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Edward Bawden 2009

Detail from Woodpidgeon, Wallpaper by Edward Bawden, 1927

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Edward Bawden

3rd October 2009 - 31st January 2010 at Bedford Gallery


Edward Bawden R.A., C.B.E. was one of the most significant graphic designers of the 20th Century. He was a watercolourist, printmaker, muralist, commercial artist, designer, illustrator and teacher. His distinctive style was not influenced by the vagaries of fashion or trends.


During the years 1981 to 1989, Edward Bawden donated the contents of his studio to Cecil Higgins Art Gallery. This collection of over 3000 items covers his entire oeuvre, from his early student days at the Cambridge School of Art in 1919, to commissions from the Folio Society in the 1980s, and includes a series of linocuts based on commissioned work, and printed specifically for Cecil Higgins Art Gallery.


John Bunyan Tapestry designed by Edward Bawden

Pilgrim's Progress, tapestry designed by Edward Bawden, 1977


The association between Bawden and Cecil Higgins Art Gallery began in 1977, when he was commissioned to design a tapestry to celebrate the tercentenary of the publication of Bunyan’s 'The Pilgrim’s Progress', and Queen Elizabeth II’s Silver Jubilee. Soon after this, Bawden wrote to the curator :


My own wish would be for all the jigsaw pieces of my life’s work to be together, not scattered willy-nilly to any institution… you know, I would much prefer to have my work in a good provincial gallery, than distributed amongst the great London Galleries and Museums… I must say I should feel immensely happy if I could be allowed to leave my remains to Bedford.”


Edward Bawden was born in 1903, the same year as Graham Sutherland, Ceri Richards, John Piper, Barbara Hepworth and Eric Ravilious. The Royal College of Art, where Paul Nash was one of his tutors, was pivotal in Bawden’s design career. It was at this time that his interest in printmaking began, and here that he met Harold Curwen. The role of Curwen Press, which took the high standards of private presses and applied them to commercial printing, cannot be underestimated in Bawden’s career. Bawden received commissions from Curwen throughout his life (including high profile advertising projects, posters, book covers and wallpapers) enabling him to reach a mass audience.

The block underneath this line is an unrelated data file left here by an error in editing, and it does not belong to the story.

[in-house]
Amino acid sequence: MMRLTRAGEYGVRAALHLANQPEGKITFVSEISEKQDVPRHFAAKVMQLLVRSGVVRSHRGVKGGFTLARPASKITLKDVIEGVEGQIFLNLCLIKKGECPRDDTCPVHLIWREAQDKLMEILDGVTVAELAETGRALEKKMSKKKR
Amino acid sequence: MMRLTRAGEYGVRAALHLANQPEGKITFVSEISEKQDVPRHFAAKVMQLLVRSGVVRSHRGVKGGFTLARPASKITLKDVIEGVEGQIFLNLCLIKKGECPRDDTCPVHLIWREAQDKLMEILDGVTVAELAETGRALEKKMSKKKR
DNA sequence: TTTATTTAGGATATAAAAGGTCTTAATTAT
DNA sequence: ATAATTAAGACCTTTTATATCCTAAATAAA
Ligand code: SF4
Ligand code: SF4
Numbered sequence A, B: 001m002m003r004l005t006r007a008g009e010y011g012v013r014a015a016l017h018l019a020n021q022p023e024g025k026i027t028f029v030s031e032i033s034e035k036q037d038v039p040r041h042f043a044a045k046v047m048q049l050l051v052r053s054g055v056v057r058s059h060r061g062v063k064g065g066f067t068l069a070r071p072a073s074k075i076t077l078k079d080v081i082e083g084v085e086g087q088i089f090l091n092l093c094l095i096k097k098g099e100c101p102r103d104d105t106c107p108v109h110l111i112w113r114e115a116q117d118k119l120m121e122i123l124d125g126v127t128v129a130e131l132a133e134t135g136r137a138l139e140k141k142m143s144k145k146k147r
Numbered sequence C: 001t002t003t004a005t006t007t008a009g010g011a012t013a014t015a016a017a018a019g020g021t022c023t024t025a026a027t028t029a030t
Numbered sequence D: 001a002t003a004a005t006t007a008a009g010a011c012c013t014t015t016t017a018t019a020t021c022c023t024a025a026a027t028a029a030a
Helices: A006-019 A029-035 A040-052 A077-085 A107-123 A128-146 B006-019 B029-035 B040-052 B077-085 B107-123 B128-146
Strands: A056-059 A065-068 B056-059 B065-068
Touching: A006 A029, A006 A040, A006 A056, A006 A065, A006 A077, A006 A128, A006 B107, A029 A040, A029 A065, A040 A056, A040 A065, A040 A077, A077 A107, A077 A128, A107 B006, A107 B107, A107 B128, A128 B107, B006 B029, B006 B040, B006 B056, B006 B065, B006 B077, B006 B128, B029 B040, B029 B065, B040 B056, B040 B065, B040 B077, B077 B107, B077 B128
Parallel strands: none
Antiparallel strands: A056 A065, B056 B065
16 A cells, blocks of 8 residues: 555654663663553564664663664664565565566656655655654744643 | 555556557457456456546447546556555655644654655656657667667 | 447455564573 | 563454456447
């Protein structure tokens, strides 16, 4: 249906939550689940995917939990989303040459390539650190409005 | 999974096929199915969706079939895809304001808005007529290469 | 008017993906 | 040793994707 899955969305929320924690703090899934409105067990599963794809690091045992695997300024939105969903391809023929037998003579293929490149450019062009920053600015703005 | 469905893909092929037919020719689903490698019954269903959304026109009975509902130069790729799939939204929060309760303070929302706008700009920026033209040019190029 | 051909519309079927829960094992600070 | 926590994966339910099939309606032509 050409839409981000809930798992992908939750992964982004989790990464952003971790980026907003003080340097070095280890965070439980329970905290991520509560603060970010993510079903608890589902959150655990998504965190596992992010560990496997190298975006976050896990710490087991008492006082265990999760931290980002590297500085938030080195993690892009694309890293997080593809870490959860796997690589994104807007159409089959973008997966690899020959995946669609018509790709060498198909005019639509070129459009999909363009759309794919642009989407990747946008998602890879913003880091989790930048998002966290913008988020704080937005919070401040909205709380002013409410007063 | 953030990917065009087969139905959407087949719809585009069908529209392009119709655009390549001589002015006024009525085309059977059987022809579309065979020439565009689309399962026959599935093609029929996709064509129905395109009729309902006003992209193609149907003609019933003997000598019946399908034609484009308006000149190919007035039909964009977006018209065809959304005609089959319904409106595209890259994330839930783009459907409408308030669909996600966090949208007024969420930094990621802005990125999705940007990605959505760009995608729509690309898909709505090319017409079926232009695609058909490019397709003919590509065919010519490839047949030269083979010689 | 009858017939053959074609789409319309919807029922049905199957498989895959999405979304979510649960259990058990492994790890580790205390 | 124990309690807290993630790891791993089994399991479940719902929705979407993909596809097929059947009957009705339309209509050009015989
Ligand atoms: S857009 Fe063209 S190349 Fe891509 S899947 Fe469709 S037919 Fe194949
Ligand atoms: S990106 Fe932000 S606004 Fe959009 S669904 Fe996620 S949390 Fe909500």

Bawden is famous for his large-scale linocuts, which are masterpieces of design: bold inventive images, focussing on the basic characteristics of a subject, as seen in 'Brighton Pier' (1958), 'The Pagoda, Kew Gardens' (1963) and 'Nine London Monuments' (1966), which nevertheless are incredibly complex in their execution. He was experimental within a traditional medium and could create texture through a mixture of paint-stripper and use of wire brush, supplemented with an almost painterly application of ink on a roller. He might also cut small blocks to generate localised areas of colour within a print.

Edward Bawden, Brighton Pier, linocut, 1958

Detail from Brighton Pier, linocut, 1958 by Edward Bawden


Bawden’s commercial design work spanned over 60 years. Commissions included book illustrations, advertisements, posters, wallpapers, ceramics, textiles, furniture and murals. Bawden’s enterprises included wallpaper designs, laboriously hand-printed, using lino rather than woodblocks, and influenced by his hero, William Morris. Although much admired, they were not a commercial success. The design 'Tree and Cow' (1927), was part of Bawden’s first experimentations into wallpaper design and printing; and 'Wood Pigeon (Church and Dove)' (1927), was one of his first designs put into production by Curwen Press.


Bawden also set the image for Fortnum & Mason in the periods preceding, and following, the Second World War, when he designed numerous promotional materials: leaflets, order forms, envelopes and catalogues such as 'Good Things to Send Your Friends Overseas' (1937) and 'Entertaining à la Carte' (1959). His graphic designs for these perfectly complement a copywriter’s publicity slogan, with the use of simple, yet incisive lines. Bawden also produced advertising designs for companies such as London Transport, Shell, BP and Twinings.

detail from Fortnum and Mason's 1956 Christmas Catalogue

Detail from Fortnum & Mason's Christmas Catalogue, 1956


The exhibition included over 100 works by this highly individual, prolific and influential artist. It offered a unique opportunity to see a full survey of Bawden’s extensive and varied output.